Water, rest and shade is the driving message of the OSHA campaign, which is being supported by a social media push and a redesigned webpage. Training materials include a video and illustrations of the signs and symptoms of heat stroke and heat exhaustion. Employers can also download a heat safety smartphone app.

Being a nurse: health hazards at the workplace

In Maryland and throughout the United States, more than 18 million people work in the health care industry. With so many individuals working in this field, 80 percent of whom are women, it is vital that they have a work environment that promotes safety and health. Nurses face many challenges related to injuries and illnesses. In fact, health care professionals are nearly twice as likely to suffer a workplace injury than private industry employees.

According to the Occupational Safety and Health Administration, during 2011 nearly 254,000 reports were made regarding workplace illnesses and injuries for hospital employees. Infectious diseases, needle sticks, back pain and an exposure to allergy-causing materials and toxic substances were the most common work-related illnesses nurses experience. The most common injuries included overexertion, running into something and tripping.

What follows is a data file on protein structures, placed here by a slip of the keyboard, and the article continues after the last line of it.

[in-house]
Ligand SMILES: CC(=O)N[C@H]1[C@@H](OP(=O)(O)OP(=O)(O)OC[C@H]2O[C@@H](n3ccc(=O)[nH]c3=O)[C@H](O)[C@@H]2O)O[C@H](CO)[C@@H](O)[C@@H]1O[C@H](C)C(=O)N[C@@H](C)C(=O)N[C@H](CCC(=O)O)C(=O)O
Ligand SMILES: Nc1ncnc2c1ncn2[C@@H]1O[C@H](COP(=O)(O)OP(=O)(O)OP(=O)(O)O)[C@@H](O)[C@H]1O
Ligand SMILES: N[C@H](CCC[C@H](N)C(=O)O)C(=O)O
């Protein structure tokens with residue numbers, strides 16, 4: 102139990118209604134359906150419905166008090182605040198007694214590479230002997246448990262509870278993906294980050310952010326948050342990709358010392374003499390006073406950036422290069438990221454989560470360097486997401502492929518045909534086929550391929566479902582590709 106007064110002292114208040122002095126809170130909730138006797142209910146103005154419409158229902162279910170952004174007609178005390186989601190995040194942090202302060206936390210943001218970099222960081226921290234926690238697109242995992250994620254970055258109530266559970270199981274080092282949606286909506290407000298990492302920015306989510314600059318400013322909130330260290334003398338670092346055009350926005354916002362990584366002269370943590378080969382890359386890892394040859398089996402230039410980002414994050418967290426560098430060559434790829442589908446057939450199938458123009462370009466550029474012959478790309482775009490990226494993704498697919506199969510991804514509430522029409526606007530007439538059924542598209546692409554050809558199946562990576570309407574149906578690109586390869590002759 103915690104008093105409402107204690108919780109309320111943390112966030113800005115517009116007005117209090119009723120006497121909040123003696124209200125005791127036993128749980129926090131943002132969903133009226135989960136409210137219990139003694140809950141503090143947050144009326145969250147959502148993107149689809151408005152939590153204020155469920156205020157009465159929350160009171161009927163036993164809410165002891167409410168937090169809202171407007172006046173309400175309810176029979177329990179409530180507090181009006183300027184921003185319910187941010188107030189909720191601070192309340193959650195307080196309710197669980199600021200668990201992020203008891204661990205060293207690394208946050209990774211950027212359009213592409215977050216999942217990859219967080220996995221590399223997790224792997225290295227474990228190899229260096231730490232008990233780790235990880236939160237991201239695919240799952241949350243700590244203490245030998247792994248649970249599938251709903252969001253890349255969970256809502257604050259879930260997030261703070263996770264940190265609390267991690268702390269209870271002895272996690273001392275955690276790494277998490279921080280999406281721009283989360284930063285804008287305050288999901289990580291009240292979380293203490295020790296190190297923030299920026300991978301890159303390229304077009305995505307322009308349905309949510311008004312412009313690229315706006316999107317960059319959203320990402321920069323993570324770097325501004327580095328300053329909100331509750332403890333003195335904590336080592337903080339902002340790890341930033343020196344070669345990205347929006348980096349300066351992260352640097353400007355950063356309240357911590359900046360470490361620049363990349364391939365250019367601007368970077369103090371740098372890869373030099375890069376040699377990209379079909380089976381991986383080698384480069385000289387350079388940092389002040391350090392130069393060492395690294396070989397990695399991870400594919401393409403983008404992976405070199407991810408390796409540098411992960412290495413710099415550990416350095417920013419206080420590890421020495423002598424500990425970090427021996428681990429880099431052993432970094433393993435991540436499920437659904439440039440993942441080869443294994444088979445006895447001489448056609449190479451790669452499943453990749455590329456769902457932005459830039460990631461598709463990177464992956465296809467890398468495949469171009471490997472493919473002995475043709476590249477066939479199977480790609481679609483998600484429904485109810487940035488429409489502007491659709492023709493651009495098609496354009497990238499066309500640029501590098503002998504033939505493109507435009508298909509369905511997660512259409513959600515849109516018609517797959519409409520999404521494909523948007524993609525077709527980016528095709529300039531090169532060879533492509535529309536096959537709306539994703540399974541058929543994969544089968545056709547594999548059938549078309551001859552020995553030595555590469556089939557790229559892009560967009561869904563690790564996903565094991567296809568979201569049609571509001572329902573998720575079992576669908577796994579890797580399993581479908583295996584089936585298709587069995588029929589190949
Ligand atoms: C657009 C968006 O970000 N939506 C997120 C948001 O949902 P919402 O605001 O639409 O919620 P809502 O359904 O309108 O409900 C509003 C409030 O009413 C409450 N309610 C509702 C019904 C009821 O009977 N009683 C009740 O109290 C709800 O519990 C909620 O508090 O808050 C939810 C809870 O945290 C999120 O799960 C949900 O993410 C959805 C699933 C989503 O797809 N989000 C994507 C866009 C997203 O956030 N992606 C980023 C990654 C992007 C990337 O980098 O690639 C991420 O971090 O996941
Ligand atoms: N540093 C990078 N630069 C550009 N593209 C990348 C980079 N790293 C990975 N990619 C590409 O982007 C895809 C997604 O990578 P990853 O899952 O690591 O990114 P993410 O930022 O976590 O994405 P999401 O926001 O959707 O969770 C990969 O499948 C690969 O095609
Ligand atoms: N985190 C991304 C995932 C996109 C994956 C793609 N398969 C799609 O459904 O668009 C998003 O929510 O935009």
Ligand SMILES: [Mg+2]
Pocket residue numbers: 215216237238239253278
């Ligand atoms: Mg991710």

Rules set to improve safety in the mining industry

Maryland miners and their families may be relieved to learn about several new rules being introduced by the Labor Department in an effort to increase mining safety. In fact, with improved workplace examinations, more than half the 122 mining deaths that occurred from 2010 until 2015 could have been prevented, according to a representative of the Mine Safety and Health Administration.

According to the report, the agency's proposed rules would improve the way that inspections at mines are conducted. The mining companies would be required to inspect the workplace prior to allowing their miners to begin working at a location. The improved inspection would have to provide a full description of what locations were examined, the conditions that were discovered and what corrective actions were taken. The companies will then be responsible to warn the miners of any circumstances that could be detrimental to their health or safety.

Employers must record injuries related to alcohol consumption